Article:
Last updated: August 06. 2014 5:31PM - 94 Views
By Harry Croghan Contributing Columnist



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This has been a recurring theme in my articles and in my art. “The Cleansing” is very special to me because it helped do just that, cleanse my mind and body of extreme anger.


I had a client that ordered a rush job to be completed immediately. The morning I was to deliver it, she called saying she had changed her mind and cancelled the job and then said she would not pay for the work. I could have taken legal means to get paid but that’s not the way I generally do things. I was very angry and went out in my shop and just started throwing things around. I grabbed a big empty canvas and threw it across the shop hitting the door then the floor. I picked it up and saw it was not broken or torn. It was then I noticed it was a fine Belgian linen canvas I had bought years ago.


The empty canvas was taken into my studio and I splashed some acrylic paint on a large palette and started to paint. The fury inside was becoming evident on the canvas as I painted sometimes with a brush in each hand. The brushstrokes said anger, anger, anger as they raced across the canvas. In an hour I had a giant mess, wild brushstrokes in every direction, up and down, across, diagonal. I put more paint on my palette. I had earth tones and spots of blue heavy on the canvas. It just looked like utter confusion mainly because that’s where I was.


As I kept on painting, I began to see forms taking place so I played with them a little but my frustration didn’t allow me to really concentrate. I just wanted to paint, splat, and the wet paint was running down the canvas. I said to myself, okay, and I turned the canvas upside down to let the paint run the other direction. I then began to see it. It was there even in the extreme mess stage, but now, upside down, I saw it as a real direction and it followed my anger jumping all around and down, across and over. It flowed and I would have missed it if I hadn’t turned the canvas. My anger was still very hot inside of me but I began to concentrate on what I saw in the painting itself and I became absorbed into the painting losing myself completely in the colors and brushstrokes.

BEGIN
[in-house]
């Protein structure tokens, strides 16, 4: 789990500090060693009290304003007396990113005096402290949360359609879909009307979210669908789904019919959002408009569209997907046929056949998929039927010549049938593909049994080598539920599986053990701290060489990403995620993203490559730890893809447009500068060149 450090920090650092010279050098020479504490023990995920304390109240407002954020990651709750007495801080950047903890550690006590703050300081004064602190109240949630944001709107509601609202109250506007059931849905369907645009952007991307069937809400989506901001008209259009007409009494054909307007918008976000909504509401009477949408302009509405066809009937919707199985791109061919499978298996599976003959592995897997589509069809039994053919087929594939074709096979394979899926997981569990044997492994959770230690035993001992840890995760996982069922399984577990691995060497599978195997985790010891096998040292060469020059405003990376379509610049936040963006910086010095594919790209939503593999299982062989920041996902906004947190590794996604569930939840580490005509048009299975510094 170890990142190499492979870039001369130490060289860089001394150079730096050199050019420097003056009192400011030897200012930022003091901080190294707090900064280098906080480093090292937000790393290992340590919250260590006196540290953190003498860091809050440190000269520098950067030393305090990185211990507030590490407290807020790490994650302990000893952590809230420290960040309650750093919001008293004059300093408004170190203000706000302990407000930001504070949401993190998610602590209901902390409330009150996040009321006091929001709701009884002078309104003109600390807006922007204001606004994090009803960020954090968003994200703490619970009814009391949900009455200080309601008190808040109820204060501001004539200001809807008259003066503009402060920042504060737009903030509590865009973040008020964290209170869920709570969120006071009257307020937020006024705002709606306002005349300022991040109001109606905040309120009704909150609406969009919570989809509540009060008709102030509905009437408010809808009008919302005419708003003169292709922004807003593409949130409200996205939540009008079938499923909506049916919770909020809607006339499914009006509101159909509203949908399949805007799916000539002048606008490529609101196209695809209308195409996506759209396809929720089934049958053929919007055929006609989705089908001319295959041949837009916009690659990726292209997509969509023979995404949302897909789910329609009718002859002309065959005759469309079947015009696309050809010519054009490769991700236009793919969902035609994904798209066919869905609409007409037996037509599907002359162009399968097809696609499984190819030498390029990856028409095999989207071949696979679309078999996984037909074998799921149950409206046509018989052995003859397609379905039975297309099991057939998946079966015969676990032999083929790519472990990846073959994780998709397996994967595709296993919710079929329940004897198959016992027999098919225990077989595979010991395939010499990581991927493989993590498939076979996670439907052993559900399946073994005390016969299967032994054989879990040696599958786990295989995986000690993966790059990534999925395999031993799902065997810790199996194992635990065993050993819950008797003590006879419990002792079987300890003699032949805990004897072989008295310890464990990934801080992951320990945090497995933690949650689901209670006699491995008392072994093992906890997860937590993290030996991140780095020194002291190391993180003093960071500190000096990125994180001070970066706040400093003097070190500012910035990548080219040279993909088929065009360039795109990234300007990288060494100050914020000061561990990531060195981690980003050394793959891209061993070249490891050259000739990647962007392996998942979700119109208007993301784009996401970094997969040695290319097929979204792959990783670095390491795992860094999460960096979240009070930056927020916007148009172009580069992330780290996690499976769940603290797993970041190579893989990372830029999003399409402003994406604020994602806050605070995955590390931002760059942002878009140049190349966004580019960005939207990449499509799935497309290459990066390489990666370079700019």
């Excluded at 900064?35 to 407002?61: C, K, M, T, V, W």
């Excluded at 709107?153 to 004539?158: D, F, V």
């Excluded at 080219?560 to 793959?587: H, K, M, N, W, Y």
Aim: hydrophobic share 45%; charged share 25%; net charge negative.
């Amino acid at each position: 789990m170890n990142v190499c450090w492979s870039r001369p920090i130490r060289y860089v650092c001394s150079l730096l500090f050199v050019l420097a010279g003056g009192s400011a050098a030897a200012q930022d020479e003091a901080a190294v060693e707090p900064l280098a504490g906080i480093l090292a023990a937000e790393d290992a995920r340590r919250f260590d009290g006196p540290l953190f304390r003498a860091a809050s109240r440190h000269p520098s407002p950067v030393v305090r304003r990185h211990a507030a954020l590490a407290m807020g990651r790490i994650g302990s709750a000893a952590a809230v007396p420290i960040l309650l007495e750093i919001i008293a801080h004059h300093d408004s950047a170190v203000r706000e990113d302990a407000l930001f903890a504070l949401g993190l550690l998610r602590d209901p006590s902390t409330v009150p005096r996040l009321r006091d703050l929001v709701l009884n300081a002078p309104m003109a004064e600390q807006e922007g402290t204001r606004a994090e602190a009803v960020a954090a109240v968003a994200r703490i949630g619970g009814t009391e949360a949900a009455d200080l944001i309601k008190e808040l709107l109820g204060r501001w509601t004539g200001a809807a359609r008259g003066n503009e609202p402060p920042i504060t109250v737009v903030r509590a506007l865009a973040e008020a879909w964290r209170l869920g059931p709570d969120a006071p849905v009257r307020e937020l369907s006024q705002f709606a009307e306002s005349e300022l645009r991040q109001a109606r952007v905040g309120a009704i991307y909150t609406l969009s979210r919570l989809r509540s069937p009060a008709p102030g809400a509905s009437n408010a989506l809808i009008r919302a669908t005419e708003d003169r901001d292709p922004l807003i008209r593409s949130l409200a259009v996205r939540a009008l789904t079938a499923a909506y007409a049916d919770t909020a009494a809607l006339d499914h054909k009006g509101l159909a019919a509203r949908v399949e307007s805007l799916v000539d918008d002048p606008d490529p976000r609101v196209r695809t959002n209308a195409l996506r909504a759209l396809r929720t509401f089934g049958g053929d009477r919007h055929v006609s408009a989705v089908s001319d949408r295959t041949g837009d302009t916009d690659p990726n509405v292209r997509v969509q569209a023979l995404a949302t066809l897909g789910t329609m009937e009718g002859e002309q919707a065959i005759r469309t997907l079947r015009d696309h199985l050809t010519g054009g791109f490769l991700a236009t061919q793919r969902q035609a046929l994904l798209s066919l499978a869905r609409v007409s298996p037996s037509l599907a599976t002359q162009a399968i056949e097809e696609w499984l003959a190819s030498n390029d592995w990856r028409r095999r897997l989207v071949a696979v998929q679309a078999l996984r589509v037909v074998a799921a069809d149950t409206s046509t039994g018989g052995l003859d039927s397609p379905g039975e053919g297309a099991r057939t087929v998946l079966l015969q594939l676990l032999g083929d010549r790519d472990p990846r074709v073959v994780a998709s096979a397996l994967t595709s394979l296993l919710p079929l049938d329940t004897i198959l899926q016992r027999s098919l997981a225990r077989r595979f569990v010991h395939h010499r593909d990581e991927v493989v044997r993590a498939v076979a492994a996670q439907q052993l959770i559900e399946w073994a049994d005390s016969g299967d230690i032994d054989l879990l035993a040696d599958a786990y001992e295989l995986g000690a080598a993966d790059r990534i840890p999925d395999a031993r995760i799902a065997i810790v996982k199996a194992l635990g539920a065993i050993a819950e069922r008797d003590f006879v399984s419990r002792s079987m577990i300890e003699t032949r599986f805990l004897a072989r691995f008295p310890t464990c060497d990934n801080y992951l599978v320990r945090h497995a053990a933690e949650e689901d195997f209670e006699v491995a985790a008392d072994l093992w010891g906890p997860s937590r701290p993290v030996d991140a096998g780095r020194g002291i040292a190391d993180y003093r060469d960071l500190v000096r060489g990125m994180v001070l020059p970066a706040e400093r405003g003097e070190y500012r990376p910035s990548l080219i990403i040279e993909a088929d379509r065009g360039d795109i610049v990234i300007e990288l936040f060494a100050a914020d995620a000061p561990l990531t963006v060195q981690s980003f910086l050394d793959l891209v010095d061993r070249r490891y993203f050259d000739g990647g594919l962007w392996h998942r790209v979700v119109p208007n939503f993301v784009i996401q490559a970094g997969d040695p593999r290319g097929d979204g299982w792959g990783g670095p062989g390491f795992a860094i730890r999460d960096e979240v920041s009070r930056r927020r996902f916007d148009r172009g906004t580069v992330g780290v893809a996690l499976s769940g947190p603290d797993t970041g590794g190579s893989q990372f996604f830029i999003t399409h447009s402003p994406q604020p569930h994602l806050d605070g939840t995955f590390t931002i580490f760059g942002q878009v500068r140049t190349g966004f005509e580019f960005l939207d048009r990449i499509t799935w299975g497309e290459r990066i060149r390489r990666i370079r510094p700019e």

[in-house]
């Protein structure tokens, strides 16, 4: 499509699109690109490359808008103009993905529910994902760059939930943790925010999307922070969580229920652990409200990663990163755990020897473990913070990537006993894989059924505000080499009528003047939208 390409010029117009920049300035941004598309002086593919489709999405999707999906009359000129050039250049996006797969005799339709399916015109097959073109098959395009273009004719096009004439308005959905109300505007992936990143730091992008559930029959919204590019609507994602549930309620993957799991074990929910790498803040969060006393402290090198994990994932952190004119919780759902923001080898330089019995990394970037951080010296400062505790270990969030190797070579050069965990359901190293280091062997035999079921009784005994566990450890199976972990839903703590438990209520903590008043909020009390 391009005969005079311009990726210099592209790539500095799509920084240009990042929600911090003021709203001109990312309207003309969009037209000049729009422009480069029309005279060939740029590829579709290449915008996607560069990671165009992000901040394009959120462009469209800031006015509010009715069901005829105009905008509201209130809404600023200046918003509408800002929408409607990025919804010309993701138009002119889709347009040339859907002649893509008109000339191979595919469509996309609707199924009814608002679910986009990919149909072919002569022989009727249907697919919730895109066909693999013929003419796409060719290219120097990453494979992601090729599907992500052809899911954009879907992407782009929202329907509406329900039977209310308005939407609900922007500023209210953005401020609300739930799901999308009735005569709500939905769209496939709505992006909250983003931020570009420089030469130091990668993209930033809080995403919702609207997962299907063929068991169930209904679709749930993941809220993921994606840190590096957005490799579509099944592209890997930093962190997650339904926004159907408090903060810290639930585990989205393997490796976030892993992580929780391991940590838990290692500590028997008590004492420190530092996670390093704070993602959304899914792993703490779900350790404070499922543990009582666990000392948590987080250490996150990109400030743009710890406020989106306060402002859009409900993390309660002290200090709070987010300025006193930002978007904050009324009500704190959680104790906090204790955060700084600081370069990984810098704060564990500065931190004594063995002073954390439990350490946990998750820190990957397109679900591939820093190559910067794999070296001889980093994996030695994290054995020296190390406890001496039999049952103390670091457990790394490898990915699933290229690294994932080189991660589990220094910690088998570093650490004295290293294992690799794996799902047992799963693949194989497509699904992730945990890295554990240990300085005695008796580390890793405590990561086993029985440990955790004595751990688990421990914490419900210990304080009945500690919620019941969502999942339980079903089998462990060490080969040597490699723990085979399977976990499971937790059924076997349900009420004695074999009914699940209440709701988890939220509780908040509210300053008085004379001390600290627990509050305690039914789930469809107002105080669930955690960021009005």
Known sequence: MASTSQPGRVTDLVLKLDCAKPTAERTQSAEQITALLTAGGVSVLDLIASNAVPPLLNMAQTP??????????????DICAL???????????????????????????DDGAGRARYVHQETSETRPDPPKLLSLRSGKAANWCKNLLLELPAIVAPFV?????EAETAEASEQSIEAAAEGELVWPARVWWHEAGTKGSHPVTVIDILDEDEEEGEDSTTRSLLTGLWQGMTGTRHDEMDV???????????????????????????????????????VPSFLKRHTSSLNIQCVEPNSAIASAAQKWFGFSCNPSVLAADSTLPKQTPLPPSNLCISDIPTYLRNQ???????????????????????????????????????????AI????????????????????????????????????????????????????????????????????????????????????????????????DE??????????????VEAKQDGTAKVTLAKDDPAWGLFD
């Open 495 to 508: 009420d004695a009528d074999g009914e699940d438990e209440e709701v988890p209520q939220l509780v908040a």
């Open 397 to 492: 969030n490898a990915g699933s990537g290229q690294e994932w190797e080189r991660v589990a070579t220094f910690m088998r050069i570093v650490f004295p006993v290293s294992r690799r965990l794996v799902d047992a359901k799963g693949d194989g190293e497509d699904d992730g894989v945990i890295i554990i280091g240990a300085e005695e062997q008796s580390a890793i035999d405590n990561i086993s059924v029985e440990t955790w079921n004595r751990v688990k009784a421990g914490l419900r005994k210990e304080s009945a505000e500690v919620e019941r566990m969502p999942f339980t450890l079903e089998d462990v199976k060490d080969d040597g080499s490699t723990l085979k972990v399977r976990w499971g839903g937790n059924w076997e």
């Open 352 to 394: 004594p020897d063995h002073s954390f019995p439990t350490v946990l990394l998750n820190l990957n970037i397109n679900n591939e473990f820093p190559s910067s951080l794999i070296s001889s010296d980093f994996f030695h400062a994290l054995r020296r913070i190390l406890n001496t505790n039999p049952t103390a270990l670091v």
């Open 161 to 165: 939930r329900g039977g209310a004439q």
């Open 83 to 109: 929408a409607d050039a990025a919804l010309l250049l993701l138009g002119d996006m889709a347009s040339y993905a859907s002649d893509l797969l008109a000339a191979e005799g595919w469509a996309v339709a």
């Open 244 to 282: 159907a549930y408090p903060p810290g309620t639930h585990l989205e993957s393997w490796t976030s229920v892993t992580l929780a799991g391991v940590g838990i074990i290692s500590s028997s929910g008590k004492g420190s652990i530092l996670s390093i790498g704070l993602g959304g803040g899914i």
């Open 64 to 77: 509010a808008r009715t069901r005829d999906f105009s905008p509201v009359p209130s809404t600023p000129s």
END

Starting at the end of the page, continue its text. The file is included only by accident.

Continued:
I quite literally went into a deep trance and lost contact with everything except the painting itself. A day and a half later, I came out of this state. I was hungry and thirsty and had to go to the bathroom bad, but most of all, I was completely exhausted. After taking care of my most basic needs I went down in front of the painting again. My eyes were blurry, my hands hurt, my back ached, but I was no longer angry. In fact, at that moment I was glad she cancelled the job. I was amazed at what had transpired from the beginning to the end. I went up and went to bed and slept for about 10 hours. When I awoke I went down to the studio and looked at it. I then knew what I would call it, “The Cleansing” because that is what it had done for me.


I have taken the painting to the prison where I teach painting classes to show the inmates that even anger can have a good and positive result if directed in a positive, creative way. I have shown this painting in several art shows but I really don’t want to sell it, at least not yet. It has always been a reminder to me that even extreme anger can be a good thing if directed to a positive end.


Almost every day I see new examples of how the creative process is also a healing process.


Harry Croghan is an artist, photographer, writer and teacher. He can be reached at (740) 852-4906 or by e-mail at hrcroghan@icloud.com.

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